As the article below verifies, almost half of the 3 million students who start their first year of college this month will drop out before they earn their degrees. While there are several culprits of the drop out crisis, one of the most pressing is inadequate preparation of students in high school to prepare them for college level work.
Thomas Freidman’s book, The World is Flat, describes how many countries around the world are doing top-rate jobs of educating their emerging “talent” in the students coming through their institutions. Many of those students live in underdeveloped countries like India , Russia and China , but they have overdeveloped minds compared to students right now in the United States . They are also hungrier to do work and to learn.
Because of technology and the ways in which people now learn and do business all over the world, we are more interdependent than ever. Jobs that use to exist for Americans solely in America are now outsourced to people in other countries. So, today’s students are competing for jobs with people from all over the world, not just people in the U.S . It has never been more critical to be a student who is committed, tenacious, has faith in their self and believes that they can continue to learn and grow.
In order for high schools to do their job of creating a college-bound culture, they need student success and transition programs in place for incoming 9th graders and subsequent programs for each grade level through 12th grade. The aim of LifeBound’s programs, and my life work, is to help students understand the realities of the world in which they live so that they will be able to command every advantage that life has to offer. We assume that every student can succeed, and they will succeed once they know what the world expects of them—where the bar is—so they can have the motivation to go over that bar with competence and self-assuredness. If teachers and students are both aware of this reality, they can work together to best prepare students for the world they will enter after college.
Many students struggle with the basic disciplines that help them face their challenges with a relentless dedication. There are strategies students can learn, however, if these qualities are not already innate within the student. We need to examine answers to these questions:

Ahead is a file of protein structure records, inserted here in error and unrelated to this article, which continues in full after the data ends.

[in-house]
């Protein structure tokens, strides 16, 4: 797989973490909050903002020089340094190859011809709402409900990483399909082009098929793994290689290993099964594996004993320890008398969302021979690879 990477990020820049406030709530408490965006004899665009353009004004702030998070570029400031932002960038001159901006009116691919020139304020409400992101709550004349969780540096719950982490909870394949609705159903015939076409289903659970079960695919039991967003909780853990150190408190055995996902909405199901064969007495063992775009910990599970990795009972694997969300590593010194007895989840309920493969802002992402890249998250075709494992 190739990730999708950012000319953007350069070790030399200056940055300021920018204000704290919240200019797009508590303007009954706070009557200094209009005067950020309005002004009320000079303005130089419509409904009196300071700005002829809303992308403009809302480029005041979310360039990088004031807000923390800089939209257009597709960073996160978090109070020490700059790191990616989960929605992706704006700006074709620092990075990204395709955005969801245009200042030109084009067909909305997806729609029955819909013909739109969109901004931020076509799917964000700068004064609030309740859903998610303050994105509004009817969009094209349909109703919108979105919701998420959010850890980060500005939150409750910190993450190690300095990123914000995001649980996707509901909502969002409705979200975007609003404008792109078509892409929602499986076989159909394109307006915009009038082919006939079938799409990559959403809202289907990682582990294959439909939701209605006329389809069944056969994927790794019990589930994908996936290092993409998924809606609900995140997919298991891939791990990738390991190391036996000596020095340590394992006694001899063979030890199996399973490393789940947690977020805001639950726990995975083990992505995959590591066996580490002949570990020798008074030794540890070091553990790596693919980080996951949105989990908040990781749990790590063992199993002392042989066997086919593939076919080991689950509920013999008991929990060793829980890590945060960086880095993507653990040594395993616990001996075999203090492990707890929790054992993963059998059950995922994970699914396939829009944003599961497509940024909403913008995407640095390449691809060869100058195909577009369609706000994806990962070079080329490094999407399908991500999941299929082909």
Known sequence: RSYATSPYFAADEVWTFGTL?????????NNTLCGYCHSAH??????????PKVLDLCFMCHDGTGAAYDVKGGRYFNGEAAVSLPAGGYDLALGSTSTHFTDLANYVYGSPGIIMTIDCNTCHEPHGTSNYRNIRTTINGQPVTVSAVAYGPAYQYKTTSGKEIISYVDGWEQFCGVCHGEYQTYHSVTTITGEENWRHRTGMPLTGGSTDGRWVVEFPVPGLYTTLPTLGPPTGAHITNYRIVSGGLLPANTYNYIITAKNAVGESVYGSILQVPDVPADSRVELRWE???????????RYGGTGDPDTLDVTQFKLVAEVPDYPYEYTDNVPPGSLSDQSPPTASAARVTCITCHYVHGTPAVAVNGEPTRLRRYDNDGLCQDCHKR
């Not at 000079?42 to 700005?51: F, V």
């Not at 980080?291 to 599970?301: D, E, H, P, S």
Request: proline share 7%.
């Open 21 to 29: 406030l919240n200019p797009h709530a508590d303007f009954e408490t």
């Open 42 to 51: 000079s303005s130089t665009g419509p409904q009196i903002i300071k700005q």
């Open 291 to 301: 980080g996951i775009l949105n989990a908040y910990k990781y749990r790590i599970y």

How can high schools do a better job of promoting 21st Century Skills for all types of learners?
What are some of the biggest challenges to implementing these programs starting in 9th grade?
How can we marshall resources to make sure every student has equal access to a quality education?
U.S. News & World Report
by Mike Bowler
Higher education officials cheered this summer when President Barack Obama pledged to boost the U.S. college graduation rate to first in the world—after years of stagnation—and announced a $12 billion plan to produce 5 million more community college grads by 2020. Currently, community colleges enroll more than 6 million students in the United States.
It will be a huge challenge. Thirty percent of college and university students drop out after their first year. Half never graduate, and college completion rates in the United States have been stalled for more than three decades. “The overall record is quite bad, especially for African-Americans and other minorities,” says Kati Haycock, president of the Education Trust, a nonprofit group in Washington that works to close achievement gaps. “The colleges want us to think everyone graduates, but in fact a huge number don’t, and many leave with significant loan debts and job skills totally inadequate in the 21st century.”
To view the entire article visit